The Passion of Gibson

No Truth in Anti-Semitic Accusations

Mel Gibson and Jim Caviezel in 'The Passion of the Christ'
Mel Gibson and Jim Caviezel in ‘The Passion of the Christ’

This is an article which was lifted directly from a letter I wrote to a film critic here in New York who got blasted for her review of Passion of the Christ. She gave the film one star, and labeled it as “anti-semitic” and grotesquely violent. The following was my response to her review:

I would like to disagree with your assessment of The Passion as being anti-Semetic, because while I understand why viewers have reached this conclusion, it is quite mistaken. At least, from my perspective.

First, I understand the reasons for this belief. Chiefly it’s the lack of context. While I thought it was an interesting choice for Gibson to not necessarily tell a story, but instead to simply visualize an event, I think its biggest failing is that people who do not have an understanding of the time and events will not get the bigger picture.

They will not fully understand why the Jewish priests wanted to stop Jesus, they will not understand why Jesus accepted his fate, they will not understand why Mary simply stood by and watched — doing nothing. As a result, the priests — note, the priests, and not “Jews” — are treated as simple, two-dimensional characters who “get there’s” in the end.

There are good people in this story who are Jewish, yet people who simply shrug this film off as anti-Semitic choose not to acknowledge this because it’s easier to focus on the idea that Gibson dared to make several Jewish priests out to be the chief baddies. Why is it that we can have films that have a gang of blacks as evil drug dealers or cruel hispanics who torture their teacher, yet no one calls out about how these films are racist? Do we pretend that Simon doesn’t exist? Do we pretend that the woman who tries to give Jesus water (unfortunately, her name escapes me at this moment) wasn’t there? Do we forget that several Jewish priests stood up during his “trial” blasting what they were doing to Jesus?

But, going back to the notion of context, the motivations for the Jewish priests are not really spelled out in the film, which I think is the chief reason they appear demonized. We don’t see Jesus entering the Jewish temple and knocking over the collection plates, telling people not to give money to the temple. We don’t see him preaching against the Jewish establishment of the time.

Another problem here is that people insist on seeing the priests as Jews, and forget the very basic concept that they were also human. Forget that they are Jewish, because ultimately that isn’t important. They wanted to destroy Jesus because he was a threat. A threat to their station, a threat to their power, a threat to their control. They were frightened by him, like any establishment would be to someone who wanted to change things.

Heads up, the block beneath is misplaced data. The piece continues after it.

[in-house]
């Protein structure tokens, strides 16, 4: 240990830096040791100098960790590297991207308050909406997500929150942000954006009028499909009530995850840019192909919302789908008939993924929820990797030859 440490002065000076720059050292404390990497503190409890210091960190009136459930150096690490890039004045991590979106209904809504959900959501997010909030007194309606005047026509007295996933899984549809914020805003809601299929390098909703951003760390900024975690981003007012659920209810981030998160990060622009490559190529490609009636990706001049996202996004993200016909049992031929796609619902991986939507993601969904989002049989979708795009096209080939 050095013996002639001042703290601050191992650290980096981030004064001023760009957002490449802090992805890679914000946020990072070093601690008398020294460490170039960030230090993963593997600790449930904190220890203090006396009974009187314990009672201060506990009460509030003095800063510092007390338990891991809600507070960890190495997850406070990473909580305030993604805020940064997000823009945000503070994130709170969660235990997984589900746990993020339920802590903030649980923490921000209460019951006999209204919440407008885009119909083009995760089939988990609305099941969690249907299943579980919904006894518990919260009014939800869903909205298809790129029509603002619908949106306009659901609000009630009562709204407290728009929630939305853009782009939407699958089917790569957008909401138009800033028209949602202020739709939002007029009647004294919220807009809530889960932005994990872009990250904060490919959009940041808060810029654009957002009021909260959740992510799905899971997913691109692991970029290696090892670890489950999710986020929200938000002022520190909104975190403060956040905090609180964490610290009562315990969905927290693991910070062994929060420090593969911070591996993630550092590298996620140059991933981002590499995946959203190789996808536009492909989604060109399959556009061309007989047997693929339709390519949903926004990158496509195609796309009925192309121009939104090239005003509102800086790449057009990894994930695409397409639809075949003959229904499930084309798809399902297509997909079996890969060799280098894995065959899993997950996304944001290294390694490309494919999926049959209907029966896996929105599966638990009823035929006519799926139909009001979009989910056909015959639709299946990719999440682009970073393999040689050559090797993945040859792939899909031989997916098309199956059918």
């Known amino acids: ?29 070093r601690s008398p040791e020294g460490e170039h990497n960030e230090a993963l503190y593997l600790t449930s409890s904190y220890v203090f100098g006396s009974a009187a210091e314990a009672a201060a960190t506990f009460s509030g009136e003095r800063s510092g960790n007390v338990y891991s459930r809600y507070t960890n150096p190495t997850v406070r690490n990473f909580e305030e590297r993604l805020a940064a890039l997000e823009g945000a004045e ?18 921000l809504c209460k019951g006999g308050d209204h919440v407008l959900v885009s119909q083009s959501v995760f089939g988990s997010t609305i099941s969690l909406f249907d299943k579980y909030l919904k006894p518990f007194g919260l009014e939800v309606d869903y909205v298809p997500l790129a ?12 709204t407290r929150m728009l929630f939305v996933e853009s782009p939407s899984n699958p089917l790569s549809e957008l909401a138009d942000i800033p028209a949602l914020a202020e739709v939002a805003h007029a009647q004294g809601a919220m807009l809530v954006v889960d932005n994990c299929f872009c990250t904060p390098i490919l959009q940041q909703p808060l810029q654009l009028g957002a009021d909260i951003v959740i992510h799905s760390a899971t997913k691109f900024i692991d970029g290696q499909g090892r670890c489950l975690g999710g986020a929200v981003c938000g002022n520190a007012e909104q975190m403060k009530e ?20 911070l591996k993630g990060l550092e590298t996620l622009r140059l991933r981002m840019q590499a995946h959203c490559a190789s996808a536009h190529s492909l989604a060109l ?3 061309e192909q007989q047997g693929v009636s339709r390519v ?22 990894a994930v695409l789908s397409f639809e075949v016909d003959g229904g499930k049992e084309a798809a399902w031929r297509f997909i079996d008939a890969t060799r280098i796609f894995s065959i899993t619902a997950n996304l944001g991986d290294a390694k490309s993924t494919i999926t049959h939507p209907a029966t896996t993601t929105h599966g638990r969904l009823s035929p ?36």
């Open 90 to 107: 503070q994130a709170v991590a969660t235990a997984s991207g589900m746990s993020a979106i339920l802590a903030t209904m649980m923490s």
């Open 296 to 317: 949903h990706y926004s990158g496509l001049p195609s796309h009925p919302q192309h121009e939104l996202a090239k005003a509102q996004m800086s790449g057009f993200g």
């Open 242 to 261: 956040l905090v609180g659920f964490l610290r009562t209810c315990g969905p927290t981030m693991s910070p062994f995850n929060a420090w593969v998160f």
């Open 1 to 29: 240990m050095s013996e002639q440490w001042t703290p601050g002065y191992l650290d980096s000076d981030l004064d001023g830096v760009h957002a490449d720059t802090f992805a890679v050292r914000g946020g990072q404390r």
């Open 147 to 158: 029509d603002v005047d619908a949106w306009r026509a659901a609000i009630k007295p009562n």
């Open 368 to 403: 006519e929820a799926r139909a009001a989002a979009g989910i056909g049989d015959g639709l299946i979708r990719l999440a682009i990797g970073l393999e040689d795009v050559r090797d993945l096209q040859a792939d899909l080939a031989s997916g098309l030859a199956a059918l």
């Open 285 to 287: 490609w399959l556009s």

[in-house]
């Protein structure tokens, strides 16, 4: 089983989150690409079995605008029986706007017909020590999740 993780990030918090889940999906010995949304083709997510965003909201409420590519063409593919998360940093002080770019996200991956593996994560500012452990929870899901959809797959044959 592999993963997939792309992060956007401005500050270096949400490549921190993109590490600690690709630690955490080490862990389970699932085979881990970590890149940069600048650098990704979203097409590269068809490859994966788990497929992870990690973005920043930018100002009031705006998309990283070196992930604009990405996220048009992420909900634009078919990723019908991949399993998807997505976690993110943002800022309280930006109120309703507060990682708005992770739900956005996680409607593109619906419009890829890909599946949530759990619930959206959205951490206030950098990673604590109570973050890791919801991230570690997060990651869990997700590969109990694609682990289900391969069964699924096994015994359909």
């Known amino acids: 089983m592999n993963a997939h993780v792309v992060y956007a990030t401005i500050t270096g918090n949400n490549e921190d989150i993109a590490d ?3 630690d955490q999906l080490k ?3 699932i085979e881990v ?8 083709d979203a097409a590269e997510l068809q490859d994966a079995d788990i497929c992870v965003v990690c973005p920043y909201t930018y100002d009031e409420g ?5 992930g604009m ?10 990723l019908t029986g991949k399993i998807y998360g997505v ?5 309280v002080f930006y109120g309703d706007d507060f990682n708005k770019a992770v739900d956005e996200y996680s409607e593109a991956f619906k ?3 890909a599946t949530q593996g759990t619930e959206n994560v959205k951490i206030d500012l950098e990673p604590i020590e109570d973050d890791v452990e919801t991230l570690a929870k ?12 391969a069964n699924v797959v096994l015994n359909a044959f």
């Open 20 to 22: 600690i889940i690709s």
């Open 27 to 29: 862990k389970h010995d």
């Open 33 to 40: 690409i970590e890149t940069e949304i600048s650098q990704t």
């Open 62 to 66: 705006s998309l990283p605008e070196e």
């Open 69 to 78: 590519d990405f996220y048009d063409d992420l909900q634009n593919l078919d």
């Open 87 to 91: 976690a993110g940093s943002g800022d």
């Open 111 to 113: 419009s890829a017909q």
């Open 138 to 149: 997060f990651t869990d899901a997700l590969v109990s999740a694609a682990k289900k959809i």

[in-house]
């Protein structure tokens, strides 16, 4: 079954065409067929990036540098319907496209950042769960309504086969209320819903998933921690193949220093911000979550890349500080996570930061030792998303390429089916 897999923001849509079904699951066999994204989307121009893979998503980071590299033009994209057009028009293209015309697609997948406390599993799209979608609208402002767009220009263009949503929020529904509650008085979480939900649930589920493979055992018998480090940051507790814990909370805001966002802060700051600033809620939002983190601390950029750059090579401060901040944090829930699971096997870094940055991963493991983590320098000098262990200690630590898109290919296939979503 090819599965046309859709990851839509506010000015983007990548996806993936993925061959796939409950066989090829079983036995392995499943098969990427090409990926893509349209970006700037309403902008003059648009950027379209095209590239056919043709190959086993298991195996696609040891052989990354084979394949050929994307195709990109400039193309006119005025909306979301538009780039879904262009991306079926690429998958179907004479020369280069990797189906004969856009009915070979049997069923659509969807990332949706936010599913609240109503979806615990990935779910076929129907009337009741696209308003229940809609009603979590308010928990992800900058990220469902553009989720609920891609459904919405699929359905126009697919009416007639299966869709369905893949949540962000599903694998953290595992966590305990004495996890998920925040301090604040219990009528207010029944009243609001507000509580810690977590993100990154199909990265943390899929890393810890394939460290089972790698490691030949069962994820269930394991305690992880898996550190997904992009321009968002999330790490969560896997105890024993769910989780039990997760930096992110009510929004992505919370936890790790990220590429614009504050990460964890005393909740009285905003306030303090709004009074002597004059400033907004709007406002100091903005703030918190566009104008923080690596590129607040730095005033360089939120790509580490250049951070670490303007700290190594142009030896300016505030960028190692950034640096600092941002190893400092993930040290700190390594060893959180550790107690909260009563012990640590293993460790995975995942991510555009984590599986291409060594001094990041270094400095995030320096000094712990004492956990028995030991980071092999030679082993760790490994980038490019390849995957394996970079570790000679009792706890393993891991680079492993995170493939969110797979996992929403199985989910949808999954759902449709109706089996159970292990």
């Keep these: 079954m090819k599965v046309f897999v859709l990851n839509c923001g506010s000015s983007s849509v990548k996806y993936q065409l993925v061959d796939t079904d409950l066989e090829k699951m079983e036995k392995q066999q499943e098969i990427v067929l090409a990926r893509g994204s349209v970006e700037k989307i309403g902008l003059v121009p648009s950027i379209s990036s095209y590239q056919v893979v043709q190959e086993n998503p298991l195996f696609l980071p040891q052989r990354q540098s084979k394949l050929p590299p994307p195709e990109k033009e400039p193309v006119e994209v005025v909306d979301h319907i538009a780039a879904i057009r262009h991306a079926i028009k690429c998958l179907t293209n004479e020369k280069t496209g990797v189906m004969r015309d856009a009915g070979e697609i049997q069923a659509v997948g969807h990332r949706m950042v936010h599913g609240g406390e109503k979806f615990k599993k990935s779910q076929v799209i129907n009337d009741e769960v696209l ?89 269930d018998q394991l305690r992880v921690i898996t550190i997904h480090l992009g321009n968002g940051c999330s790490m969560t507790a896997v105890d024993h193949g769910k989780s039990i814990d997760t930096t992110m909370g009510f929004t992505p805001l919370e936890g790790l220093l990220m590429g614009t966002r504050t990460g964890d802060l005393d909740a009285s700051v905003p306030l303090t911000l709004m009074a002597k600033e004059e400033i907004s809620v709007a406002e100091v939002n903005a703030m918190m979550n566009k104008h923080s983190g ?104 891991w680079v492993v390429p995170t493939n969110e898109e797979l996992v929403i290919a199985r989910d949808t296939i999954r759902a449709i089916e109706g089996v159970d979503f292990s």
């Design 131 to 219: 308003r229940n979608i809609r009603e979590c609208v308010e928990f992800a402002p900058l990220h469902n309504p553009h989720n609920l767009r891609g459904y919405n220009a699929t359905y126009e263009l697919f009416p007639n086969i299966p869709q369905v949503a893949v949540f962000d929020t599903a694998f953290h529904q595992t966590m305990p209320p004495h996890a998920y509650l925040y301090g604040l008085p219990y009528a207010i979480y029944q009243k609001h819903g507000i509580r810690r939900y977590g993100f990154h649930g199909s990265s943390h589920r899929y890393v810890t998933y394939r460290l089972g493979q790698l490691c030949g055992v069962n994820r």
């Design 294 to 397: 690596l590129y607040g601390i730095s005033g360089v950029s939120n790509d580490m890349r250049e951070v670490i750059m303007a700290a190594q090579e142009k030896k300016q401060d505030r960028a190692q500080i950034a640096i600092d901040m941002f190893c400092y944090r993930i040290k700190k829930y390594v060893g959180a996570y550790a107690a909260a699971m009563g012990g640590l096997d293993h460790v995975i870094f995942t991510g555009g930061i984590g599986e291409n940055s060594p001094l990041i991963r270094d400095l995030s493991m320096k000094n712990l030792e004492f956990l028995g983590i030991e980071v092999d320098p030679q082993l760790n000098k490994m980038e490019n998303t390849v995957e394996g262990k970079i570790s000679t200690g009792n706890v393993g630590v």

Of course, we must also look at The Passion’s depiction of Pilate. I, too, was a little surprised by his rather kindly visualization. The sympathetic leader. But, from what I understand, it is basically accurate. Pilate did “wash his hands” of the whole thing and agree to the crucifixion. Still, like all things, it’s all in perspective. I think he was made a little too sympathetic, but I understand Gibson’s reasons for it.

While the priests are the ones calling for Jesus’s death, the Romans are the ones who do the bulk of the abuse. They torture him, they beat him, the crucify him. As such, some kind of balance was needed. Because the Roman soldiers are responsible for so much of the terrible abuse, the need to balance out that violence with something nobel or good was required. As such, Pilate becomes sympathetic. The Jewish priests also had that balance, with several priests bring ejected when they tried to object during the trial. With the Jews who wept at Jesus’ torture and death, as well as those who stepped up in an effort to help him when he carried the cross. Perhaps not as pronounced as Pilate, but it was in balance with the level of the behavior of the Jewish priests.

As for the mob, well, that’s mob mentality. That’s not something unique to Jews, nor are they immune to it. And since the bulk of the population was Jewish, this is an inescapable element to the story.

Lastly, we come to the violence. Was it too much? My wife felt so. I didn’t. Not for what Gibson, I think, was trying to achieve. He wanted people to understand what Jesus went through. He wanted people to understand that when Jesus suffered and died for our sins, that he REALLY suffered and died for our sins. And to do that, he couldn’t hold back. He couldn’t cut away. Instead, he had to get in your face and go the whole nine yards. He wanted to disgust people, shock people, make them cry. Because he wanted people to understand like no other film had done.

Do I think The Passion was a great film? I don’t know. I think it was an admirable production. It was beautifully shot, beautifully directed, wonderfully acted. But, it’s not a film as much as the visualization of an event. I don’t think Gibson was trying to tell a story, he was simply trying to show people something. Show them a moment in time when a man changed the world. As such, it’s hard to hold this up against other films and fairly compare it.

Perhaps if the film was given more context, we wouldn’t be having this discussion. But still, I believe that giving the film one star was rather unfair. Personally, I’d say three. It loses a star for lack of context, but also for the cheesy earthquake at the end and the over-the-top “demons” chasing Judas prior to his suicide.

Michael Sheridan

Michael Sheridan has written, directed and produced more than a dozen short films under the banner of Maynard Films, and has worked as a writer for more than a decade for websites, magazines and newspapers.

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